The house Elizabeth Kucinich eventually fell in love with was initially ugly as sin.
"It was," she says laughing. "The front of it is really... it is a very unique building. It reminds me more of a badly designed 1960s church. Well, the front is one thing, and then you go to the back, and it is a completely different thing."
Kucinich, who is married to Rep. Dennis J. Kucinich, D-Ohio, has just launched Capitol Estates, a real estate firm affiliated with Century 21 Redwood Realty.
"I love – I really value historic properties and unique places with character, and also on another level, it is perhaps a manifestation of [what political types do]: You see something that does [not] work quite right and you want to help fix it. We do that politically, but why not physically as well?"
When Kucinich first started looking into moving to Washington, D.C., she says she didn't expect much.
"I wanted to bring the dogs over here," she says. "So I was looking for a place that would literally have room for a bed and small yard for the dogs. I didn’t expect to be able to buy anything that would be a nice, you know, proper home."
But, then she and the congressman saw an ugly home with a gorgeous garden that sat on a hill in a friendly, tight-knit Anacostia-Hill Crest neighborhood even her broker didn't know about. All the neighbors know each other. It is three miles from Capitol Hill, she tells us.
"We put a lot of love into our home," Kucinich says. "It is a modest, but lovely home. We are happy.
"I know so many members of Congress still live in their offices, or have small places. It costs so much money down on the Hill. I just thought I’d like to take my experience and help people to find a home, because ... when you live the life that we do, where your whole life is dictated by airline schedules and voting schedules and having to be at so many different things, it is good to actually have a place that you can lay your hat down again and rest.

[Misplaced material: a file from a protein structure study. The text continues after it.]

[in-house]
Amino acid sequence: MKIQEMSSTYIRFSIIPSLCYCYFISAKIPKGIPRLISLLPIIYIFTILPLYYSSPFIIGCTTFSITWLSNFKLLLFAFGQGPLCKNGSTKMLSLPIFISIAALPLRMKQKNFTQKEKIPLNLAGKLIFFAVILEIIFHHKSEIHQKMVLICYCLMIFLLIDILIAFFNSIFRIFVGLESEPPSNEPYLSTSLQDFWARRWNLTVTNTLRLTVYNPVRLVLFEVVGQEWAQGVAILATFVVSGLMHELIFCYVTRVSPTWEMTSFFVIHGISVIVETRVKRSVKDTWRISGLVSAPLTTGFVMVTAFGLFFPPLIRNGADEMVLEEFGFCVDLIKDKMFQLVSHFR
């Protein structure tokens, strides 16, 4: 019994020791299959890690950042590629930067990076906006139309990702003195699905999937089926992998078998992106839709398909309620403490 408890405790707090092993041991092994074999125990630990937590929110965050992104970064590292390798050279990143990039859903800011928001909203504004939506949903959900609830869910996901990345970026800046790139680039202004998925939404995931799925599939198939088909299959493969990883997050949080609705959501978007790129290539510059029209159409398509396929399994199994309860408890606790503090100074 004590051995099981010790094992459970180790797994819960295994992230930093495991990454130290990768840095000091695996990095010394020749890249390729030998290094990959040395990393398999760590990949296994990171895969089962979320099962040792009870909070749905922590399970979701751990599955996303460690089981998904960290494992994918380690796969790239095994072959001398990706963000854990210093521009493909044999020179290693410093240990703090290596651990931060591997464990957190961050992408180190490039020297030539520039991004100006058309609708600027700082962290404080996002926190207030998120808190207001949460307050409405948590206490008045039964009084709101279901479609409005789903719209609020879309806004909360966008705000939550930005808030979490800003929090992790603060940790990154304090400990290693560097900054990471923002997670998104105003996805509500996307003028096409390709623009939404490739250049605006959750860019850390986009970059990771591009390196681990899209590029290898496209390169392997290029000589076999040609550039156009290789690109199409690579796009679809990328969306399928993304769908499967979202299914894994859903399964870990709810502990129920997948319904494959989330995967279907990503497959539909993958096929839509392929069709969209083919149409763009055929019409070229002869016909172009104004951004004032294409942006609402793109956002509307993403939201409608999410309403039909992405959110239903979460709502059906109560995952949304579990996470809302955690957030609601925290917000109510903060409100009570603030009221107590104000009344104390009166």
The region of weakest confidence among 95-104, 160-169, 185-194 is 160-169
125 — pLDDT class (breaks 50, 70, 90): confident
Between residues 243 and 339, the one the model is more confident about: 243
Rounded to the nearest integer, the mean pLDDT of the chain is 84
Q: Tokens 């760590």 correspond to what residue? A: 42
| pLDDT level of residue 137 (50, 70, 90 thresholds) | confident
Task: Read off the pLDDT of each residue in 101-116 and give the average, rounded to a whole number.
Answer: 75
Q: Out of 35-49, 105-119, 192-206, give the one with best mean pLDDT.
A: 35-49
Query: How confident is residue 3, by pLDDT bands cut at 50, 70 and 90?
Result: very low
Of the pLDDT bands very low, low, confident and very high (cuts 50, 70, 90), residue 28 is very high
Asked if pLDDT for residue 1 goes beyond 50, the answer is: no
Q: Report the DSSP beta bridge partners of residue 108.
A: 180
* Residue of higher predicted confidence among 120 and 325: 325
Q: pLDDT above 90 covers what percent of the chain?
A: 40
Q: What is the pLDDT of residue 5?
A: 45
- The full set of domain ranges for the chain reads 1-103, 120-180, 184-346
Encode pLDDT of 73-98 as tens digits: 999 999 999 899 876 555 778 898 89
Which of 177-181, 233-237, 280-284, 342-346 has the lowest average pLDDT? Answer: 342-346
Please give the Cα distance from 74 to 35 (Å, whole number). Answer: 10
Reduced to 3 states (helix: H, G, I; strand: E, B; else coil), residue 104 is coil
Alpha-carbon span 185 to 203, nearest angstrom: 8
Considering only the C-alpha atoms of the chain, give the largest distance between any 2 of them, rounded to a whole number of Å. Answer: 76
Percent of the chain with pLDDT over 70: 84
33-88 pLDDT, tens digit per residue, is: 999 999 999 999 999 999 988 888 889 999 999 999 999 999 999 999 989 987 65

"You know, home is really important to me, and I just thought it was something I wanted to move into to help people in this town sort of find a place that’s stable," she continues.
This quest for home and loving properties back to life is kind of a life Kucinich was born into in her native England.
"My family has a long history of buying and loving dilapidated properties and bringing them back to life," she told HOH.
"When my mom and dad were 19, they found this house — it was a cottage. The front door was nailed up and back door was tied up with a piece of string. The actual property itself was just full of, well, it had been used as a rubbish dump for many, many years. My parents just fell in love with this whole area, and they decided to buy it. They spent many years loving it and bringing it back to life. It is now a healing and teaching sanctuary that my mother runs, and it is just a little heaven they’ve created.
"My parents are divorced, and my dad a number of years ago had his eye on a house up in Coventry, where he lives," she continued. "It had goats living in it. People threw bricks through windows. And he just loved it. It was from the 1930s/1940s; it had parquet flooring and all these amazing things, but it also had animals living in it. And he just loved it. He and his wife purchased it and have just loved it back to a fully functioning lovely home."
Kucinich promises she can help clients find any kind of home.
"This is just my own story, my journey to this place."